Beall-Dawson House

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Beall-Dawson House
Beall dawson house.jpg
Beall-Dawson house, January 2005
Beall-Dawson House is located in Maryland
Beall-Dawson House
Location 103 W. Montgomery Ave., Rockville, Maryland
Coordinates 39°5′3″N 77°9′19″W / 39.08417°N 77.15528°W / 39.08417; -77.15528Coordinates: 39°5′3″N 77°9′19″W / 39.08417°N 77.15528°W / 39.08417; -77.15528
Built 1815
Architect Unknown
Architectural style Federal
Governing body Local
NRHP Reference # 73000933 [1]
Added to NRHP March 30, 1973

The The Beall-Dawson House is a historic home located at Rockville, Montgomery County, Maryland, United States. It is a 2 12-story Federal house, three bays wide by two deep, constructed of Flemish bond brick on the front facade and common bond elsewhere. Outbuildings on the property include an original brick dairy house and a mid-19th century one-room Gothic Revival frame doctor's office which was moved to the site for use as a museum. The house was constructed in 1815.

It serves as the headquarters of the Montgomery County Historical Society which maintains the house as an early 19th-century period historic house museum.[2] The house also include indoor slave quarters, and two rooms with changing exhibits of local history.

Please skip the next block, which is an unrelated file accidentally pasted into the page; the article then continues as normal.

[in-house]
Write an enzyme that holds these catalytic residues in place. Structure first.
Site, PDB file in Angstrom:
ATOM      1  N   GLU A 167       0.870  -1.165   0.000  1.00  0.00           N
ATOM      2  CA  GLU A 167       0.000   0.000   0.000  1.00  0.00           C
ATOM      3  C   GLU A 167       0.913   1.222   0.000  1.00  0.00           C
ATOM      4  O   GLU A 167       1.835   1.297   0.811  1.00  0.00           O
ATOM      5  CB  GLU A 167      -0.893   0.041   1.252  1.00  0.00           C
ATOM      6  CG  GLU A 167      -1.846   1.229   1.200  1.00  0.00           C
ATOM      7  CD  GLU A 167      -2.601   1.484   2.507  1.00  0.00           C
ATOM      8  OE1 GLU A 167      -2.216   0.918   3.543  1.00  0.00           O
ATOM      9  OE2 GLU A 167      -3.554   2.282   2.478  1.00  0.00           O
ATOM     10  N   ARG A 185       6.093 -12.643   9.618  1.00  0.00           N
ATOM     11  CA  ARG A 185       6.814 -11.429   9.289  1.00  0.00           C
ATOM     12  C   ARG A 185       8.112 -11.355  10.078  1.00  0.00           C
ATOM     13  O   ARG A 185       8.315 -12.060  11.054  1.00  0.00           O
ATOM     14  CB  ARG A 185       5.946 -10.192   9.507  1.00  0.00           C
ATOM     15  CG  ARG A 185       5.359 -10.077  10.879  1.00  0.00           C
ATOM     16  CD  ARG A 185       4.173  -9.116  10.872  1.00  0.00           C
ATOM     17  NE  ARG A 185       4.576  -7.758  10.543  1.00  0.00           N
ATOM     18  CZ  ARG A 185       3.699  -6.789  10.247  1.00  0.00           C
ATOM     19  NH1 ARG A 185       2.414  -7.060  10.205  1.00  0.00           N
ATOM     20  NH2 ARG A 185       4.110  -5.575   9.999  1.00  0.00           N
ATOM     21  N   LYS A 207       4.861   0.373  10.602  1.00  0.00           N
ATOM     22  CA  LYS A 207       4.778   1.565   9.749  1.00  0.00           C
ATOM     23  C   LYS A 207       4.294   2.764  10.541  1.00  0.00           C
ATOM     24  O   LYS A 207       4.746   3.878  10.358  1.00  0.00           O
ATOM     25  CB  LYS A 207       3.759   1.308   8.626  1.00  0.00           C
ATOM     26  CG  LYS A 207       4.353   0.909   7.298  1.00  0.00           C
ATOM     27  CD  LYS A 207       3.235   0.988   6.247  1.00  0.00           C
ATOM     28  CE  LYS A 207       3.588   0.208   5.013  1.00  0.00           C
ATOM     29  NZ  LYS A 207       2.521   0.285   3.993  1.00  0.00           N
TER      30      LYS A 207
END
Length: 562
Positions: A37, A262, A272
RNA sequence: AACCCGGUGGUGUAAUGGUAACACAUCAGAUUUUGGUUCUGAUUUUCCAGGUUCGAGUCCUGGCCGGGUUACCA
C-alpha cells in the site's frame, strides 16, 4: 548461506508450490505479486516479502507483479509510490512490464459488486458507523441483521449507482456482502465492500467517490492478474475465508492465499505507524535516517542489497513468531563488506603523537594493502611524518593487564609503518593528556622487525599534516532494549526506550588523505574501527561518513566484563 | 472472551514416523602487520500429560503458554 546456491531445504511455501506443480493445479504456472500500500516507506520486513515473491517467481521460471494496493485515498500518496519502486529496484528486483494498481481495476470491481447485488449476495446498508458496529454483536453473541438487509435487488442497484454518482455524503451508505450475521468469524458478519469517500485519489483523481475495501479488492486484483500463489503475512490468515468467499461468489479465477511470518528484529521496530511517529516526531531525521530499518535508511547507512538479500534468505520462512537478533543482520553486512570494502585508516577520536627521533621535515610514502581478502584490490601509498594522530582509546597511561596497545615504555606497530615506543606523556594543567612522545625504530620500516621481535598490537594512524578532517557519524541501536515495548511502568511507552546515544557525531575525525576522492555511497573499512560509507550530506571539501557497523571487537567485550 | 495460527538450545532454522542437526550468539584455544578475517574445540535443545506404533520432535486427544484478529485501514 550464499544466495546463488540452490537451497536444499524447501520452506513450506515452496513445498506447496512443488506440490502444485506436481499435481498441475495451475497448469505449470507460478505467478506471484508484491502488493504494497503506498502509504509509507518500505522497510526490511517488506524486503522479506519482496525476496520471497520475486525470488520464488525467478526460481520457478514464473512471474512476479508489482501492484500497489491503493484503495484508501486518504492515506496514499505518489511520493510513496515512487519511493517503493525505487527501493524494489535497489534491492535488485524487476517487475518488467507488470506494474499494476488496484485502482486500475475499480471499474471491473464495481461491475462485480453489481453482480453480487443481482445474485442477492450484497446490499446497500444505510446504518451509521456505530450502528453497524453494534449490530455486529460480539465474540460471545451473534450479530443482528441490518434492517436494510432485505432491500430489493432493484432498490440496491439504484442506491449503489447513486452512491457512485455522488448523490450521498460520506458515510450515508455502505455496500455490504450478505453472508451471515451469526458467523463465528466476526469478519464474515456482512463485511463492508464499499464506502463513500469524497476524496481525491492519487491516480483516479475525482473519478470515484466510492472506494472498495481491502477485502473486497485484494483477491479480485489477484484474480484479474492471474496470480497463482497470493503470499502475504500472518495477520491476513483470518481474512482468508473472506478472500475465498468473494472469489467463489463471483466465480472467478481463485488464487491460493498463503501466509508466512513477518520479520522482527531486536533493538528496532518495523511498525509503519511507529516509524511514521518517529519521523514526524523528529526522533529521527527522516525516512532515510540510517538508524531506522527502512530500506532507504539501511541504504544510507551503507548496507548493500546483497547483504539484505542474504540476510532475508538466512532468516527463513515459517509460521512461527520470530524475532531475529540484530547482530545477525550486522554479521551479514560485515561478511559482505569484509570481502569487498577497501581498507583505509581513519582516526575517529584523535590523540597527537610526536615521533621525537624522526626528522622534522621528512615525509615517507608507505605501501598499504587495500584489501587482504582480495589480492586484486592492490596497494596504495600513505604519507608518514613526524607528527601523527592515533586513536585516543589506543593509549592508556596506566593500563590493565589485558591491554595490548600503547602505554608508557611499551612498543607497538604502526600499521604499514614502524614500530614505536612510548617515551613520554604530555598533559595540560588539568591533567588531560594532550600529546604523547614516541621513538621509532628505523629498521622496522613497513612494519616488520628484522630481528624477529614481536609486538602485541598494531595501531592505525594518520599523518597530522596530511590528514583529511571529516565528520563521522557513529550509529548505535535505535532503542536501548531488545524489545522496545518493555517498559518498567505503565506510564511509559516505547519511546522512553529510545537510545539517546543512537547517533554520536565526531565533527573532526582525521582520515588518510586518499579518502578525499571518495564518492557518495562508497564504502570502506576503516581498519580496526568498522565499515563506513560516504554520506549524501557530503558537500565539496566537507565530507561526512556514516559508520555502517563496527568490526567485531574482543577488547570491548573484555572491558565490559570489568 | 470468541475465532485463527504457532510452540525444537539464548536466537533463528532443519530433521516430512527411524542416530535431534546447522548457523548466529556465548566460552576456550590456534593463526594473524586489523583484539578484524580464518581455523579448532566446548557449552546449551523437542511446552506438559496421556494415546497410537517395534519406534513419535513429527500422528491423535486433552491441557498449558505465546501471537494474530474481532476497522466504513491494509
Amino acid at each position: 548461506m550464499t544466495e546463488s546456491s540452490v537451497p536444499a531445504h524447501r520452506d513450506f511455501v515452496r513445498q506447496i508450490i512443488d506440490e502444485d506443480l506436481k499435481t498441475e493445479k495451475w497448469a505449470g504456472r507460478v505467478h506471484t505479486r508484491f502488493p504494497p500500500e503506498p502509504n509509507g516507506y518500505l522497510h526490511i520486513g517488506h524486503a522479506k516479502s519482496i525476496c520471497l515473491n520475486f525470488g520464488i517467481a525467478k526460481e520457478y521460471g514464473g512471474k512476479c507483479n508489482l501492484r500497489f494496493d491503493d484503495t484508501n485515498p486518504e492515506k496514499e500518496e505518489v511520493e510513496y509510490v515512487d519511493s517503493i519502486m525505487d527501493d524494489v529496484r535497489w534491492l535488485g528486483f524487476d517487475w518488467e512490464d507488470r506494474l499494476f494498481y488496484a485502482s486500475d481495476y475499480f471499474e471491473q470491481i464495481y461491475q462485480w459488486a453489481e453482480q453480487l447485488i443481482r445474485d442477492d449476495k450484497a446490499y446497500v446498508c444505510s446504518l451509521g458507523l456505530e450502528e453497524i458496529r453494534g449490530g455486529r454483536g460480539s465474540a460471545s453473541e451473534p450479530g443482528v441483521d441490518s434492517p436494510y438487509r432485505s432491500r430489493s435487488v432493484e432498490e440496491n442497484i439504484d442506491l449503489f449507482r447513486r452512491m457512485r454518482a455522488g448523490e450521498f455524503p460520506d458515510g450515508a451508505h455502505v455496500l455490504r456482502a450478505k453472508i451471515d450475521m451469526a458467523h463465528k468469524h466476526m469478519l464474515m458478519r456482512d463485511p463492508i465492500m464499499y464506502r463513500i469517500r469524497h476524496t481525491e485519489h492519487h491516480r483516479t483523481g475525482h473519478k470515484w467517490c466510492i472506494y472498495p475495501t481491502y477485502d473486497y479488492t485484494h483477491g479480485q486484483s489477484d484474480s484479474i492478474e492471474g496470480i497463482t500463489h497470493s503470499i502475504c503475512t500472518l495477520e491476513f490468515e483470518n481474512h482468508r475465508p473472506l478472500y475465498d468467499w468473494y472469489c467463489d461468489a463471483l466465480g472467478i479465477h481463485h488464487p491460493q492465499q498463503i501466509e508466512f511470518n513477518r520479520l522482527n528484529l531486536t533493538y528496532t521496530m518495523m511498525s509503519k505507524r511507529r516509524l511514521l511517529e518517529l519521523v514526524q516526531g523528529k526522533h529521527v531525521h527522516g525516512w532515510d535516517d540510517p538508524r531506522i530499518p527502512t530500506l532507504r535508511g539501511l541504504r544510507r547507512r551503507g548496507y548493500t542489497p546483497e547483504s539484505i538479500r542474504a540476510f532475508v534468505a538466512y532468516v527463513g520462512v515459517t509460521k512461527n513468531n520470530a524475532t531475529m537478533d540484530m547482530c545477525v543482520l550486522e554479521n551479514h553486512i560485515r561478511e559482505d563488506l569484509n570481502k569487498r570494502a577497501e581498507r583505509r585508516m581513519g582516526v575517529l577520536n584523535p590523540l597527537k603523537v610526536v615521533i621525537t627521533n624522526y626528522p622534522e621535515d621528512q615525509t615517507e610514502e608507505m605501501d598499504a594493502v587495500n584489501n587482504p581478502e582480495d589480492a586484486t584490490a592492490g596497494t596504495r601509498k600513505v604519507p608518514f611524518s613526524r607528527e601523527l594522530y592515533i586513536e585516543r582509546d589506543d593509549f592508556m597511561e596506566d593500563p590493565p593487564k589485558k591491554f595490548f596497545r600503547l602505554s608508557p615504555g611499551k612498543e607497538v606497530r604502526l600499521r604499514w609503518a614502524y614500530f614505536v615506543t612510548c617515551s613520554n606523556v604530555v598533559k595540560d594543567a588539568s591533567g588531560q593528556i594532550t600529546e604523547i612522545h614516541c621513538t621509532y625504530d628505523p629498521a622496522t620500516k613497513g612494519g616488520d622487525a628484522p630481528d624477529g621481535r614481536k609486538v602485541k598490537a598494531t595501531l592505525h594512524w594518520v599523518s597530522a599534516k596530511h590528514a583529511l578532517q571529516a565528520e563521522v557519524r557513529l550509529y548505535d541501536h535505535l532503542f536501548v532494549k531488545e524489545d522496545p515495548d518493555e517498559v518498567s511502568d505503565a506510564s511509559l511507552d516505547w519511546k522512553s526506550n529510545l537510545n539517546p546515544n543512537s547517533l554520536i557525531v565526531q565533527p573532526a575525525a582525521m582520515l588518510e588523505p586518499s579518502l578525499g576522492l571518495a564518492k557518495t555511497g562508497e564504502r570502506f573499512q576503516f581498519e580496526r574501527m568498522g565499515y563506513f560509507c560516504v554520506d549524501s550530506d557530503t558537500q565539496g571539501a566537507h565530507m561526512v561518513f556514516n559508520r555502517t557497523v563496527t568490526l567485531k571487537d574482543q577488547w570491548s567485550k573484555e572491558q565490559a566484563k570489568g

The Beall-Dawson House was listed on the National Register of Historic Places in 1973.[1]

The property also includes the Stonestreet Museum of 19th Century Medicine, a one room doctor's office with medical and pharmaceutical tools, furniture, and books from the 19th and early 20th centuries.

History[edit]

The house was built for Upton Beall and his family in 1815. His daughters lived there for their entire lives, and the house was owned by the family until 1960. Amelia Somervell Dawson, a Beall cousin, also lived in the house with her family, which gives the house its name.[3]

References[edit]

  1. ^ a b "National Register Information System". National Register of Historic Places. National Park Service. 2008-04-15. 
  2. ^ "Beall-Dawson House". Maryland Historical Trust. Retrieved 2008-10-29. 
  3. ^ "Beall-Dawson Historical Park." Montgomery County Historical Society, n.d. Web. 09 Sept 2013.

External links[edit]